After what seems like months of waiting (and it probably has been), a color mobile phone (as opposed to a PDA/phone combination) has finally appeared on the British market. With a 101x80 pixel 256-color STN display, an e-mail application, calendar, games, and PC synchronization, it has everything you might want in a mobile...hang on a minute...where's the Java?
The manufacturer of this electronic travesty will remain anonymous. Suffice it to say I have purchased a voodoo doll in the shape of the son of the Viking called Eric and I'm stabbing it with large - blunted - pins every time I feel particularly aggrieved.
Thankfully, Motorola has also released a new phone in the UK - the Accompli 008. Unfortunately, it only has a monochrome screen, but does include unhealthy levels of caffeine. Look for a review of the A008 in a future issue of JDJ. (If you're an American I'm sure you'll be pleased to know Motorola has also released two new phones in the U.S. - the i90c and i80s.)
It has been a busy month in terms of Java and J2ME press releases. Nextel and Motorola have announced programs for the purchase, management, and (wireless) download of applications for their Java-enabled mobile phones. Also Motorola announced the imminent availability of Cybiko games, again for their Java-enabled handsets. For those of you who haven't come across Cybiko before (www.cybiko.com), the company manufactures and markets consumer electronics, and operating system and software products, including a wireless handheld computer (also called Cybiko) aimed at the youth market.
From Compaq came the news that the iPAQ H3800 series Pocket PC will ship with Insignia Solutions' Jeode PersonalJava Virtual Machine. Up until now, users had to download Jeode (reviewed in JDJ, Vol. 6, issue 8) from a Web site after their purchase, so it's exciting to see it available with the shipping unit - removing an obvious impediment to installing Java on the devices. Hopefully we'll see more PDA manufacturers following suit.
Although I haven't seen any official word about it, I came across an excellent site awhile ago for anyone hunting for free MIDlets: http://midlet.org has categories for games, graphics, Internet, business, general utilities, and developer MIDlets. At the moment there are just under 100 applications available for download, and it looks as if a new application is uploaded every couple of days. Well worth a look.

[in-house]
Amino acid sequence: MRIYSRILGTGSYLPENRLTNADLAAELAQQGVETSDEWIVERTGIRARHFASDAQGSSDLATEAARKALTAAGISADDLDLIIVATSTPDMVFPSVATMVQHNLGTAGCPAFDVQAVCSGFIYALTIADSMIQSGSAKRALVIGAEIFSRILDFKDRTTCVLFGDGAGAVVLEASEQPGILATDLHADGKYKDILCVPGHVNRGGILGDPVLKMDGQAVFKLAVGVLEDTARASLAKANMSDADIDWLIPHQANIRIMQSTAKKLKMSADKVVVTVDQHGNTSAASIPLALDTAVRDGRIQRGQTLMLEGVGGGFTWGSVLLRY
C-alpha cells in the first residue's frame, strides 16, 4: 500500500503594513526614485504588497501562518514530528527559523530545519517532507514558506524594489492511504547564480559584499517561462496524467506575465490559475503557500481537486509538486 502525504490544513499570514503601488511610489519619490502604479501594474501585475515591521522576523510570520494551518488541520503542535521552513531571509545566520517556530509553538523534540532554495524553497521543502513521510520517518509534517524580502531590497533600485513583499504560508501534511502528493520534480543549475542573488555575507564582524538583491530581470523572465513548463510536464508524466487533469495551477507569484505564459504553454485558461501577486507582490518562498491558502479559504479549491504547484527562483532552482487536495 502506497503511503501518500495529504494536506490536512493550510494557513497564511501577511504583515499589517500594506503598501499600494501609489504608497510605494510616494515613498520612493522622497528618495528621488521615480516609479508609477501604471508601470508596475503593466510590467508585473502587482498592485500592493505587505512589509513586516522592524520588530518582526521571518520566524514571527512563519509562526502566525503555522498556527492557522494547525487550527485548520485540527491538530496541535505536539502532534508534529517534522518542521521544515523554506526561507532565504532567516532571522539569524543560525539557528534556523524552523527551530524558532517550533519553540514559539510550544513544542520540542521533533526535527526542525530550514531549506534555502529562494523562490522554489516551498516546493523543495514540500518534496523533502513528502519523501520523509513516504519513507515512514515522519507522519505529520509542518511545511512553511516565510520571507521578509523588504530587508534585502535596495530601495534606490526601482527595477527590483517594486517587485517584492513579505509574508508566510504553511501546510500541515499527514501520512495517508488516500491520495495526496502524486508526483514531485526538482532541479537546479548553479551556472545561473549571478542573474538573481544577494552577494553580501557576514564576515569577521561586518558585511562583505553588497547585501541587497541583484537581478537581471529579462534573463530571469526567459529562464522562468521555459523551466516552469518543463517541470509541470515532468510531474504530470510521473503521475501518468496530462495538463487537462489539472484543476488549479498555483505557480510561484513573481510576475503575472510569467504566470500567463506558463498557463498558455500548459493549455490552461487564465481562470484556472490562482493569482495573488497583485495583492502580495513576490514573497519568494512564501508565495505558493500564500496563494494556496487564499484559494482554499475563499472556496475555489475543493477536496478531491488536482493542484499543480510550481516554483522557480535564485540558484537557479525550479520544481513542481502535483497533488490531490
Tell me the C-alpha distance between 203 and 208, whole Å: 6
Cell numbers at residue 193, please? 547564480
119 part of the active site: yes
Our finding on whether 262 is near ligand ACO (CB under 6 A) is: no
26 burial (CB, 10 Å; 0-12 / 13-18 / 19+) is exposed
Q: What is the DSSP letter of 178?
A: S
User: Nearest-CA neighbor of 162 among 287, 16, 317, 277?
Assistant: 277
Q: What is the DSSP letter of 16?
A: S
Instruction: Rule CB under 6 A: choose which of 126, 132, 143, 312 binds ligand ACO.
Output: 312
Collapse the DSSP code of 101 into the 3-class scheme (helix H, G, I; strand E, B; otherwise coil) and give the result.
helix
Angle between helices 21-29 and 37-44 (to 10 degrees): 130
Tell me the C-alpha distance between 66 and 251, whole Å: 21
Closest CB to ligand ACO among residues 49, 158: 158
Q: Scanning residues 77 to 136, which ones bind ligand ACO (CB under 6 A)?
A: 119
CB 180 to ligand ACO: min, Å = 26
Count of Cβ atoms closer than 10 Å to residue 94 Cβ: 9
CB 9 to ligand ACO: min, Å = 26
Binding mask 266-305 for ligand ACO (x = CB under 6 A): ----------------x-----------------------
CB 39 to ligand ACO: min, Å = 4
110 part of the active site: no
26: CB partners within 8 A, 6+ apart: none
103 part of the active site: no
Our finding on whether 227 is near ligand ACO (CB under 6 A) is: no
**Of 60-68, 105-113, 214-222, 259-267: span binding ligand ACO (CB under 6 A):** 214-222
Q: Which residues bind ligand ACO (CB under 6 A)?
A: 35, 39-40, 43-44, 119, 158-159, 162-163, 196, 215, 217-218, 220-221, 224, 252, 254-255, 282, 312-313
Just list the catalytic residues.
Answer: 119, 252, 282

On November 1, Aligo, Inc., announced the first annual Wireless Application Development contest. If you haven't heard about it already, the contest runs until January 15, 2002, and the first prize is $5,000. Entrants must submit an application written in Java or JSP, and deploy it on Aligo's M-1 Mobile Application Server; a panel of judges will select the three best applications. It's worth noting that one of these judges is JDJ's own editor-in-chief Alan Williamson. He is, of course, a thoroughly dodgy character, and I'm sure open to all sorts of bribery; anything from large quantities of money (in small, unmarked bills) to compliments on his hair. Don't be surprised if your generous bribe doesn't affect the outcome of the contest, however. It will undoubtedly go into the refurbishment of his bolt-hole in the Azores.
In this edition of JDJ, we look at Zucotto's Bluetooth SDK, and we review the book Wireless Java: Developing with Java 2, Micro Edition by Jonathan Knudsen. James Caple provides an insight into his experiences building a Palm Pilot-powered robot based upon a Carnegie Mellon University design; for those experiencing a profound sense of déjá vu, James' article provides an interesting alternative to the Lego Mindstorm robot introduced by David Hardin and Mike Frerking back in October (JDJ, Vol. 6, issue 10). In addition, Glen Cordrey presents a treatise on his top 10 limitations in the Mobile Information Device Profile API and discusses some of the alternatives (when they exist).
Jason Briggs works as a Java analyst
programmer in London. He's been officially
developing in Java for three years
- unofficially for just over four.